"Sans Soleil" deserves academic respect, but this is among the most exasperatingly tedious films I've ever sat through. At least it's unusual -- the most apt comparison may be "Koyaaniqatsi," as director Chris Marker's camera roams through Japan, Guinea-Bissau, Iceland, Paris and San Francisco capturing documentary glimpses of local culture. Ceremonial rites of Tokyo are especially prominent. As with "Koyaaniqatsi," the film is artfully detached and stresses editing rhythm as much as thematic content. No problem so far, but then comes the narration. You'll never see a movie where you wish so much that the narrator would simply shut her yap. The text takes the stilted form of a monotone female quoting letters from a fictionalized cameraman, so the ideas are constantly prefaced with "He wrote that..." and "He wrote me that...." This tic grows old fast. And all the heady philosophizing (memory over time is the dominant motif) is so maddeningly dense and persistent that the accompanying images never get a chance to breathe. What an exhausting film. And unlike "Koyaaniqatsi," it doesn't even have a strong score. Little beyond bubbling synthesizer effects.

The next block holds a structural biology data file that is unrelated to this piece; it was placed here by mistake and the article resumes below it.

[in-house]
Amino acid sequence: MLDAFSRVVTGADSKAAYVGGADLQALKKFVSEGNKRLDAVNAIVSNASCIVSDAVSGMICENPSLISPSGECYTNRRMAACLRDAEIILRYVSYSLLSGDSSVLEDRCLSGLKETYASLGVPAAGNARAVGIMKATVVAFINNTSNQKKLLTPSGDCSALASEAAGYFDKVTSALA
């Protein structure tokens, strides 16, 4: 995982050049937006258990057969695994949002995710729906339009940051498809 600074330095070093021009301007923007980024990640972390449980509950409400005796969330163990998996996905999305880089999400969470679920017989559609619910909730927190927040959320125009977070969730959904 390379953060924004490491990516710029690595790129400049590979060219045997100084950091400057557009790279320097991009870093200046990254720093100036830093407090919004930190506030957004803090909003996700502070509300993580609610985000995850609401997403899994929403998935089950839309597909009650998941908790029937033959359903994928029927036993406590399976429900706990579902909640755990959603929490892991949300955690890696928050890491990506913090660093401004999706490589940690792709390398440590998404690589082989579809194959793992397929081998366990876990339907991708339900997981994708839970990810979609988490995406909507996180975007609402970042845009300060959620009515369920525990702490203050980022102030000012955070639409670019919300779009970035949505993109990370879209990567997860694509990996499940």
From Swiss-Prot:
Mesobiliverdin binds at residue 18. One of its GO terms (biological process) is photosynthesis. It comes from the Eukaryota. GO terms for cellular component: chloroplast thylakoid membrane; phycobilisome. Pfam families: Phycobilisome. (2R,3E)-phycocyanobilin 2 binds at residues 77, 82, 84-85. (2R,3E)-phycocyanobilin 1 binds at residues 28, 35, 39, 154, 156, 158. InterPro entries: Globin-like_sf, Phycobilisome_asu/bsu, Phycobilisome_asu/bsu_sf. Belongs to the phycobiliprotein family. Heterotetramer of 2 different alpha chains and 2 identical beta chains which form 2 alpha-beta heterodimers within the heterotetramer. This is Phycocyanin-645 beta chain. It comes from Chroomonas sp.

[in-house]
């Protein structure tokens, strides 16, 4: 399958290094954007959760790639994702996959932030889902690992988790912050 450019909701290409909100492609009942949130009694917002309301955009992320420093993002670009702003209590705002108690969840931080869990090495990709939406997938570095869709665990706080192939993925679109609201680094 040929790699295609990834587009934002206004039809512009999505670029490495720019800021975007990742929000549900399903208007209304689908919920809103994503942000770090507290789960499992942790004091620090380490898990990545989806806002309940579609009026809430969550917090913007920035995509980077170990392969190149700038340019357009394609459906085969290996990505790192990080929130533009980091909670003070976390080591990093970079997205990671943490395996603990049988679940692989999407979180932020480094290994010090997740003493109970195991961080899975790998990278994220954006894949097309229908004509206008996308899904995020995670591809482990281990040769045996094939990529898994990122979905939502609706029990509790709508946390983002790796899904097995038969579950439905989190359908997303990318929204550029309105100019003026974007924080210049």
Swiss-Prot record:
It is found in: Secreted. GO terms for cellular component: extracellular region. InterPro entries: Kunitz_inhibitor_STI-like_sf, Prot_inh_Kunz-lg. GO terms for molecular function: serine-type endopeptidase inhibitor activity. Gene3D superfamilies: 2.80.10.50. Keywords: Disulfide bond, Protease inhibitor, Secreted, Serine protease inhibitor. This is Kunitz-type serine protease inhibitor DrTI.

A caution to sensitive parties: Some borrowed footage of a giraffe being gunned down is extremely disturbing.